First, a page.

|All illustrations by Russ Nicholson, Rest In Peace.|
I just read this interesting post from Goblin Punch about changing the random encounter roll.
The core design goals are:
1. To provide time pressure.
- Entering a new room (exploring it and seeing what's there at a basic level)
- Completing a full search of a room with the entire party (finding all secrets, traps and treasure)
- Completing 1 normal combat
- Doing something that makes a lot of noise (eg kicking down a door)
- Completing a short rest
- Moving through 3 rooms that have already been explored
- Anything that takes around ten minutes
Beauty and Terror
- The evil forces accomplish a critical part of their plans. The lovecraftian entity is summoned. The hostages are killed. The ancient relic is lost forever. The rival party got to the treasure first and stole it.
- This is a good default option. Think about what your factions want and have them achieve a major part of it when the tower falls.
- A terrifying monster ambushes the party.
- This is a great option for situations like the giant in Deep Carbon Observatory or the giant in The Waking of Willowby Hall. It should not be just a normal monster encounter, but an unstoppable beast that's way above their level.
- The dungeon undergoes a horrific metamorphosis. The environment changes and shifts in a fundamental and awful way. The earth shakes, rocks fall and damage you, your path to the exit is blocked off, mouths form in the rock. The Underworld is hungry.
- A great example of when to use this would be the Tower of Soot from The Estate. The players are climbing up a chimney. When the tower falls, the fireplace is lit and the whole dungeon catches fire.
- Morale fails. Your hirelings riot or turn on you and attack. Try using this table for hireling freakouts if you need inspiration.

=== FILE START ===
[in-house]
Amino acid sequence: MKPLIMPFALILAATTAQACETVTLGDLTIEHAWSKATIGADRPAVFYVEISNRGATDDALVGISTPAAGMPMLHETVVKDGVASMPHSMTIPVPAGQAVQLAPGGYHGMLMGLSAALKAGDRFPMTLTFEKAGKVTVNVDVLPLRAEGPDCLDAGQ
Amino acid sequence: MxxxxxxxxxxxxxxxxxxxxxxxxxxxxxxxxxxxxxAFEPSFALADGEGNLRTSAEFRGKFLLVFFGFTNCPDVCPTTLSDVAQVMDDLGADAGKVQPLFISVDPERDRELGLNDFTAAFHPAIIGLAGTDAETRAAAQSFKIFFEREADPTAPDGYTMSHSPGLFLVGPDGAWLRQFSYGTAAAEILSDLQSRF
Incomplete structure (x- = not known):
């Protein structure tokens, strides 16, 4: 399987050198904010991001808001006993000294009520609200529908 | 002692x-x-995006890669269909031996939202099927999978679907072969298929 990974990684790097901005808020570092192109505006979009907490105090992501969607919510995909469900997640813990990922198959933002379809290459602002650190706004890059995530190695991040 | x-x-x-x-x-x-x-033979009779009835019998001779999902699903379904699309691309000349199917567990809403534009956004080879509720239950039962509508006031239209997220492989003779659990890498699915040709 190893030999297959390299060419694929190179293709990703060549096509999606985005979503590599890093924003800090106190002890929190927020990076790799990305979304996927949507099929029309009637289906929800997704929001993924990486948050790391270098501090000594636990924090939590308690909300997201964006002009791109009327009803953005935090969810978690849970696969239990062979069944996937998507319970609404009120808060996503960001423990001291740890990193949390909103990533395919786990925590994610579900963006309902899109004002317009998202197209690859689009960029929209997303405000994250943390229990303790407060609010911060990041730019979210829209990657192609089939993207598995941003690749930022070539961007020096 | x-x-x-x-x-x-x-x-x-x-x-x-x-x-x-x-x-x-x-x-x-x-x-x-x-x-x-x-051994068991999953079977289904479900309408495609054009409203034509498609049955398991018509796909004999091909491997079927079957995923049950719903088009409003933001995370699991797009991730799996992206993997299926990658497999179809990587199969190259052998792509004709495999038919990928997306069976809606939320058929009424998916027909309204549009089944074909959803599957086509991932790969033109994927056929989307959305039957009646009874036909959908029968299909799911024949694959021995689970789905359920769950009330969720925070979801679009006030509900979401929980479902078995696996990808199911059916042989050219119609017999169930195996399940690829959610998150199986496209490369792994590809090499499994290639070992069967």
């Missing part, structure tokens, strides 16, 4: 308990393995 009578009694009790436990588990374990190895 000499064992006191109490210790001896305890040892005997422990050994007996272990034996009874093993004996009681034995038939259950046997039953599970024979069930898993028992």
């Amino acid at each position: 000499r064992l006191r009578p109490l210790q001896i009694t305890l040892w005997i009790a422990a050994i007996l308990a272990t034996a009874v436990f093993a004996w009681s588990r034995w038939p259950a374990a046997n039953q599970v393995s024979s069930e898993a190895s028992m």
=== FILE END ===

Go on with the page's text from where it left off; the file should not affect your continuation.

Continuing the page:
- Your body fails. The corrupting magic energies of this place distort your mind and body. A carnivorous hunger falls upon you and you need to eat someone now. One of you is possessed by an ancient spirit.
Leaving the dungeon
Thoughts on Random Encounters in general
"8 orcs appear, they immediately see you and attack, you cannot hide, they cannot be reasoned with, roll for initiative."
Haunted Houses. Empty Sewers. Abandoned amusement parks. These are the Low Reality Zones. Away from human influence, they warp and bend and grow carnivorous. The further you get from human culture, the more strange you become. Your body and your mind slowly expands and mutates and fractures in on itself.
This elite special ops unit is trained to contain hyper-real objects and persons. The world is mostly fake, so any object that is 70% real or more can cause extreme damage to the fabric of the universe. In the presence of these hyper-real objects, fictional concepts begin to break down. The fundamental storytelling instinct that humans use in order to understand and interpret the universe begins to disintegrate. Reality Exposure begins to set in.
In the first stage of Reality Exposure, subjects begin losing their understanding of basic fictional concepts - like The Economy, or Nationality.
In advanced stages they no longer understand more important concepts like Truth, Beauty, Love, or Human Connection.
In the terminal stage, they completely lose the concept of the "Human Being". They are no longer a Human - just a collection of organs, flesh and brain matter. The exposure continues until finally they lose even that. They become nothing but molecules, randomly vibrating through space.